LTS_LINEFIT and LTS_PLANEFIT are IDL programs to robustly fit lines and planes to data with intrinsic scatter. The code combines the Least Trimmed Squares (LTS) robust technique, proposed by Rousseeuw (1984) and optimized in Rousseeuw & Driessen (2006), into a least-squares fitting algorithm which allows for intrinsic scatter. This method makes the fit converge to the correct solution even in the presence of a large number of catastrophic outliers, where the much simpler σ-clipping approach can converge to the wrong solution. The code is also available in Python as ltsfit.

[ascl:2403.011] LtU-ILI: Robust machine learning in astro

LtU-ILI (Learning the Universe Implicit Likelihood Inference) performs machine learning parameter inference. Given labeled training data or a stochastic simulator, the LtU-ILI piepline automatically trains state-of-the-art neural networks to learn the data-parameter relationship and produces robust, well-calibrated posterior inference. The package comes with a wide range of customizable complexity, including posterior-, likelihood-, and ratio-estimation methods for ILI, including sequential learning analogs, and various neural density estimators, including mixture density networks, conditional normalizing flows, and ResNet-like ratio classifiers. It offers fully-customizable, exotic embedding networks, including CNNs and Graph Neural Networks, and a unified interface for multiple ILI backends such as sbi, pydelfi, and lampe. LtU-ILI also handles multiple marginal and multivariate posterior coverage metrics, and offers Jupyter and command-line interfaces and a parallelizable configuration framework for efficient hyperparameter tuning and production runs.

[ascl:1201.016] LumFunc: Luminosity Function Modeling

LumFunc is a numerical code to model the Luminosity Function based on central galaxy luminosity-halo mass and total galaxy luminosity-halo mass relations. The code can handle rest b_J-band (2dFGRS), r'-band (SDSS), and K-band luminosities, and any redshift with redshift dependences specified by the user. It separates the luminosity function (LF) to conditional luminosity functions, LF as a function of halo mass, and also to galaxy types. By specifying a narrow mass range, the code will return the conditional luminosity functions. The code returns luminosity functions for galaxy types as well (broadly divided to early-type and late-type). The code also models the cluster luminosity function, either mass averaged or for individual clusters.

[ascl:2401.003] LUNA: Forward model luna simulator

LUNA generates dynamically accurate lightcurves from a planet-moon pair, analytically accounting for shadow overlaps, stellar limb darkening, and planet-moon dynamical motion. The code takes transit timing/duration variations and ingress/egress asymmetries into consideration not only for the planet, but also the moon. LUNA was designed to be analytical and dynamical and to incorporate limb darkening (including non-linear laws) and account for all orbital elements, including eccentricity and longitude of the ascending node. Because the software is precise and analytic, LUNA is a highly potent tool for exomoon detection.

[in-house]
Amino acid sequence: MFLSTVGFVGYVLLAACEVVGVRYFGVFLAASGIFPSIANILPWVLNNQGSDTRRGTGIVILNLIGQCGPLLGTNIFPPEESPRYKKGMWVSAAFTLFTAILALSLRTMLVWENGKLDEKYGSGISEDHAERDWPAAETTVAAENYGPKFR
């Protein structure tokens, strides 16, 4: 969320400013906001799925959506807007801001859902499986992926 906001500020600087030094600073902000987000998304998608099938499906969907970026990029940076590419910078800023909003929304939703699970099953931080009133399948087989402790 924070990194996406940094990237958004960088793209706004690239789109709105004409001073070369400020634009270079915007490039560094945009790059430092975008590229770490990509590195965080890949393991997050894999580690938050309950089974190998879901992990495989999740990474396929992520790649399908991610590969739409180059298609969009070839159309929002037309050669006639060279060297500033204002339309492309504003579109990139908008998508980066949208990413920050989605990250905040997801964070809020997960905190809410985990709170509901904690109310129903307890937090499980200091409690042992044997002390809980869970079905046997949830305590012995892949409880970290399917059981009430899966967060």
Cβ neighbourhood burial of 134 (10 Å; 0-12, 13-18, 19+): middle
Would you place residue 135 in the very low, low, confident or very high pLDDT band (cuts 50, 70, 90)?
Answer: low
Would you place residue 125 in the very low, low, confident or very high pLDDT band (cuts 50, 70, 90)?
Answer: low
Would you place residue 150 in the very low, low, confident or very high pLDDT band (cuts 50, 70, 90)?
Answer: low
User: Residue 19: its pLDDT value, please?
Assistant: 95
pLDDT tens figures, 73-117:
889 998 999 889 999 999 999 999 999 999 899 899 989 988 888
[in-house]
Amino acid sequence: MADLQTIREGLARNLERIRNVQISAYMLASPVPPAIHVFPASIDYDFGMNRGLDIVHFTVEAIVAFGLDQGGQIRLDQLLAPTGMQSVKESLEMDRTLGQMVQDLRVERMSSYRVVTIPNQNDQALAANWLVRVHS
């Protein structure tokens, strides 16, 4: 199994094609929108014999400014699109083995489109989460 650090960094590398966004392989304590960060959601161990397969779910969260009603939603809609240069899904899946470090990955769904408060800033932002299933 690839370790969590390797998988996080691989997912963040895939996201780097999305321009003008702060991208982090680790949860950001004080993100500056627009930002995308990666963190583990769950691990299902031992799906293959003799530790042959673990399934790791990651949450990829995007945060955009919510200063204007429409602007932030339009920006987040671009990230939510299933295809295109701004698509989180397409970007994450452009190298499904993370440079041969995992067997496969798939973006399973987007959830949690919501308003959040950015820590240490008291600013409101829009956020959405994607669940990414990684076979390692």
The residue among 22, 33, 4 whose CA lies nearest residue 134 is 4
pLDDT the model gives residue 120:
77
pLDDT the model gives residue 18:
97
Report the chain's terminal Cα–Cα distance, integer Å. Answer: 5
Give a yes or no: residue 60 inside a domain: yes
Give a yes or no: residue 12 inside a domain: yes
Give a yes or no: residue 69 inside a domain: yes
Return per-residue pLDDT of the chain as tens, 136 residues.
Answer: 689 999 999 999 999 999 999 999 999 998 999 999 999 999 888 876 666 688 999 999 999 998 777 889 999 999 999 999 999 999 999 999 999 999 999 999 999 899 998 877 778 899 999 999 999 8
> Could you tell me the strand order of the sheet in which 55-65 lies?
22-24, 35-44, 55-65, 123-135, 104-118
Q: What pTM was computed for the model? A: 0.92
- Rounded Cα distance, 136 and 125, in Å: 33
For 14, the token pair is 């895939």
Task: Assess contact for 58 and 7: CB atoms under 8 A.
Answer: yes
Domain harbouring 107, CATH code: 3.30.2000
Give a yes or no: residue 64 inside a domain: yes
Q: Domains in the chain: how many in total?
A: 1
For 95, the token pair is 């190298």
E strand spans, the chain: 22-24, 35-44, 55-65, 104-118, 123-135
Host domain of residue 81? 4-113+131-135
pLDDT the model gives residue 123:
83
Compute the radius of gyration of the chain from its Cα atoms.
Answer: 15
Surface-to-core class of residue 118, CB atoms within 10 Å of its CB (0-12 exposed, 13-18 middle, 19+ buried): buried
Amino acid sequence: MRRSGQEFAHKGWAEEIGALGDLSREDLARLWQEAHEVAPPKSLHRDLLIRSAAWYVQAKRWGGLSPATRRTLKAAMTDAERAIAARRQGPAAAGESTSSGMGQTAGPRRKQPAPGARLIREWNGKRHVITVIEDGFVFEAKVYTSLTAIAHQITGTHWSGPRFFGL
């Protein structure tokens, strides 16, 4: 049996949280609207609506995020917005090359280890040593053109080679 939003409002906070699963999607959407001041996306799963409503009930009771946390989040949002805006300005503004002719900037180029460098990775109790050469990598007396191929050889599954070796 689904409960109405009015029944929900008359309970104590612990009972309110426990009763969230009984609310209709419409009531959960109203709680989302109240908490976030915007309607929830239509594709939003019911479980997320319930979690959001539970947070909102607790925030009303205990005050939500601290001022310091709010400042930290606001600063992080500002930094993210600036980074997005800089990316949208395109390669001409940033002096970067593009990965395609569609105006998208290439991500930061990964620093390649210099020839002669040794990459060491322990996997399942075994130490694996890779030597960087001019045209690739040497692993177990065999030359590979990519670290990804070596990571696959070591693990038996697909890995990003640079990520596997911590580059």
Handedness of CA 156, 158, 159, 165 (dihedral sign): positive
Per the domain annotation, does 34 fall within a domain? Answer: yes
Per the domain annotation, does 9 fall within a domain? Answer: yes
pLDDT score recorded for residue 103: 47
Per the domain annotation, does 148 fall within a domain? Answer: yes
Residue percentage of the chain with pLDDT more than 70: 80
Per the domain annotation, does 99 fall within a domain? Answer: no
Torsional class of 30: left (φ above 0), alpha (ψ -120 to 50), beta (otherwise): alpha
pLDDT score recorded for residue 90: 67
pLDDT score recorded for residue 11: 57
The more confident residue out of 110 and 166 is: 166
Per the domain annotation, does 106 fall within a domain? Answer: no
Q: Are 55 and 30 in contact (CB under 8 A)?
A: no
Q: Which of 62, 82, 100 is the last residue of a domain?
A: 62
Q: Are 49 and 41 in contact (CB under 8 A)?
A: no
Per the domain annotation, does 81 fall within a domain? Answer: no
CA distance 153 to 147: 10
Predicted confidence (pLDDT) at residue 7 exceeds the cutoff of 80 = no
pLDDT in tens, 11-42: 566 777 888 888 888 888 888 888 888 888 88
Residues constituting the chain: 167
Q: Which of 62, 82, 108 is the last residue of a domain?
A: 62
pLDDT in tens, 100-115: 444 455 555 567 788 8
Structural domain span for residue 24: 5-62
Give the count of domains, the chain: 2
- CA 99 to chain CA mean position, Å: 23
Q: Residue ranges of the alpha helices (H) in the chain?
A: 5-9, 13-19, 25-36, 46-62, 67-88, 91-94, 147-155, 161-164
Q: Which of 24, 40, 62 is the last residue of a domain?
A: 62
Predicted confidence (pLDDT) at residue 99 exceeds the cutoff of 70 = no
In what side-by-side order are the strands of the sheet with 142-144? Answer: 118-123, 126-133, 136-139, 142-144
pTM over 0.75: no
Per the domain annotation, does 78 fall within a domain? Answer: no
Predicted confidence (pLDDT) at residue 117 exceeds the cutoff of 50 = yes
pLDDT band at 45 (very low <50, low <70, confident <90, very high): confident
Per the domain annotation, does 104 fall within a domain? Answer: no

[ascl:1803.012] LWPC: Long Wavelength Propagation Capability

Long Wavelength Propagation Capability (LWPC), written as a collection of separate programs that perform unique actions, generates geographical maps of signal availability for coverage analysis. The program makes it easy to set up these displays by automating most of the required steps. The user specifies the transmitter location and frequency, the orientation of the transmitting and receiving antennae, and the boundaries of the operating area. The program automatically selects paths along geographic bearing angles to ensure that the operating area is fully covered. The diurnal conditions and other relevant geophysical parameters are then determined along each path. After the mode parameters along each path are determined, the signal strength along each path is computed. The signal strength along the paths is then interpolated onto a grid overlying the operating area. The final grid of signal strength values is used to display the signal-strength in a geographic display. The LWPC uses character strings to control programs and to specify options. The control strings have the same meaning and use among all the programs.

[ascl:2312.005] LyaCoLoRe: Generate simulated Lyman alpha forest spectra

LyaCoLoRe uses CoLoRe (ascl:2111.009) simulations to generate simulated Lyman alpha forest spectra. The code takes the output files from CoLoRe as an input, carries out several stages of processing, and produces realistic skewers of transmitted flux fraction as an output. The repository includes tools to tune the parameters within LyaCoLoRe's transformation, and to measure the 1D power spectrum of output skewers quickly.

[ascl:1607.018] LZIFU: IDL emission line fitting pipeline for integral field spectroscopy data

LZIFU (LaZy-IFU) is an emission line fitting pipeline for integral field spectroscopy (IFS) data. Written in IDL, the pipeline turns IFS data to 2D emission line flux and kinematic maps for further analysis. LZIFU has been applied and tested extensively to various IFS data, including the SAMI Galaxy Survey, the Wide-Field Spectrograph (WiFeS), the CALIFA survey, the S7 survey and the MUSE instrument on the VLT.

[ascl:2212.019] m2mcluster: Star clusters made-to-measure modeling